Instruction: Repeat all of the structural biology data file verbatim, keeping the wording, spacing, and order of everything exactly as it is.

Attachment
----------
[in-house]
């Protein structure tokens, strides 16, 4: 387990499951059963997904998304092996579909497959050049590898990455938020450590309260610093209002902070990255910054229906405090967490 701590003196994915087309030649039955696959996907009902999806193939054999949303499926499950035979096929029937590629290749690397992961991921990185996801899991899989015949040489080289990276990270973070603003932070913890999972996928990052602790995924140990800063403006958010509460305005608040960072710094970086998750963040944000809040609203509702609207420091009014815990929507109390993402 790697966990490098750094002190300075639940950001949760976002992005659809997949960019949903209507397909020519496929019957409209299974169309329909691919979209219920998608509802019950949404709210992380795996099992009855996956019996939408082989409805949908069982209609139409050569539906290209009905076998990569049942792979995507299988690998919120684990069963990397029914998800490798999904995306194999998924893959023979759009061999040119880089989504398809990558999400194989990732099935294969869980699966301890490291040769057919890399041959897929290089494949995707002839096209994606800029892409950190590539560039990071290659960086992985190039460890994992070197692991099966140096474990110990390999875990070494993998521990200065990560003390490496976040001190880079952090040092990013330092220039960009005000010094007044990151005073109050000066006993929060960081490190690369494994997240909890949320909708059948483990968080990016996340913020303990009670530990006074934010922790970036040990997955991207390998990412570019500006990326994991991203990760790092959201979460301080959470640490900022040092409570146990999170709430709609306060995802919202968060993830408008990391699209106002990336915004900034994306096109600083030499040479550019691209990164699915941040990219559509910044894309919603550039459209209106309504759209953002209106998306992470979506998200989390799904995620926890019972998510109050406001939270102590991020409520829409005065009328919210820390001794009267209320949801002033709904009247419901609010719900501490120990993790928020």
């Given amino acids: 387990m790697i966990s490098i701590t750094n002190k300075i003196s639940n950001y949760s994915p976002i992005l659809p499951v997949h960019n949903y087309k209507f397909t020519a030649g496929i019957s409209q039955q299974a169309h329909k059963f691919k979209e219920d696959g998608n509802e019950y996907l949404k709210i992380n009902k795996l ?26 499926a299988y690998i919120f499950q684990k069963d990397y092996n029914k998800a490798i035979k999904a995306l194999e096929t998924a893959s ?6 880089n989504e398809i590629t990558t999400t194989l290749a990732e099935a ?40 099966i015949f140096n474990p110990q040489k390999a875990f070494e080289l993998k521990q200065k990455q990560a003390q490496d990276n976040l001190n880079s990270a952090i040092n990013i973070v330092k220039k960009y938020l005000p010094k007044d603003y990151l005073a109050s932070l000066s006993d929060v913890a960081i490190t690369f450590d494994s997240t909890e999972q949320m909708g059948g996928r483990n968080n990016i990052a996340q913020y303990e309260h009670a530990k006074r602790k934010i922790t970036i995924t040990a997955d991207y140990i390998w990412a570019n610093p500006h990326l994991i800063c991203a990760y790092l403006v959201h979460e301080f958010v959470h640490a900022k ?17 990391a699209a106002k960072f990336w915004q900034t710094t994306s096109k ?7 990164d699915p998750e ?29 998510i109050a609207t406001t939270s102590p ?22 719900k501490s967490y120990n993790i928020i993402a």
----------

[in-house]
């Protein structure tokens, strides 16, 4: 387990499951059963997904998304092996579909497959050049590898990455938020450590309260610093209002902070990255910054229906405090967490 701590003196994915087309030649039955696959996907009902999806193939054999949303499926499950035979096929029937590629290749690397992961991921990185996801899991899989015949040489080289990276990270973070603003932070913890999972996928990052602790995924140990800063403006958010509460305005608040960072710094970086998750963040944000809040609203509702609207420091009014815990929507109390993402 790697966990490098750094002190300075639940950001949760976002992005659809997949960019949903209507397909020519496929019957409209299974169309329909691919979209219920998608509802019950949404709210992380795996099992009855996956019996939408082989409805949908069982209609139409050569539906290209009905076998990569049942792979995507299988690998919120684990069963990397029914998800490798999904995306194999998924893959023979759009061999040119880089989504398809990558999400194989990732099935294969869980699966301890490291040769057919890399041959897929290089494949995707002839096209994606800029892409950190590539560039990071290659960086992985190039460890994992070197692991099966140096474990110990390999875990070494993998521990200065990560003390490496976040001190880079952090040092990013330092220039960009005000010094007044990151005073109050000066006993929060960081490190690369494994997240909890949320909708059948483990968080990016996340913020303990009670530990006074934010922790970036040990997955991207390998990412570019500006990326994991991203990760790092959201979460301080959470640490900022040092409570146990999170709430709609306060995802919202968060993830408008990391699209106002990336915004900034994306096109600083030499040479550019691209990164699915941040990219559509910044894309919603550039459209209106309504759209953002209106998306992470979506998200989390799904995620926890019972998510109050406001939270102590991020409520829409005065009328919210820390001794009267209320949801002033709904009247419901609010719900501490120990993790928020």
């Given amino acids: 387990m790697i966990s490098i701590t750094n002190k300075i003196s639940n950001y949760s994915p976002i992005l659809p499951v997949h960019n949903y087309k209507f397909t020519a030649g496929i019957s409209q039955q299974a169309h329909k059963f691919k979209e219920d696959g998608n509802e019950y996907l949404k709210i992380n009902k795996l ?26 499926a299988y690998i919120f499950q684990k069963d990397y092996n029914k998800a490798i035979k999904a995306l194999e096929t998924a893959s ?6 880089n989504e398809i590629t990558t999400t194989l290749a990732e099935a ?40 099966i015949f140096n474990p110990q040489k390999a875990f070494e080289l993998k521990q200065k990455q990560a003390q490496d990276n976040l001190n880079s990270a952090i040092n990013i973070v330092k220039k960009y938020l005000p010094k007044d603003y990151l005073a109050s932070l000066s006993d929060v913890a960081i490190t690369f450590d494994s997240t909890e999972q949320m909708g059948g996928r483990n968080n990016i990052a996340q913020y303990e309260h009670a530990k006074r602790k934010i922790t970036i995924t040990a997955d991207y140990i390998w990412a570019n610093p500006h990326l994991i800063c991203a990760y790092l403006v959201h979460e301080f958010v959470h640490a900022k ?17 990391a699209a106002k960072f990336w915004q900034t710094t994306s096109k ?7 990164d699915p998750e ?29 998510i109050a609207t406001t939270s102590p ?22 719900k501490s967490y120990n993790i928020i993402a």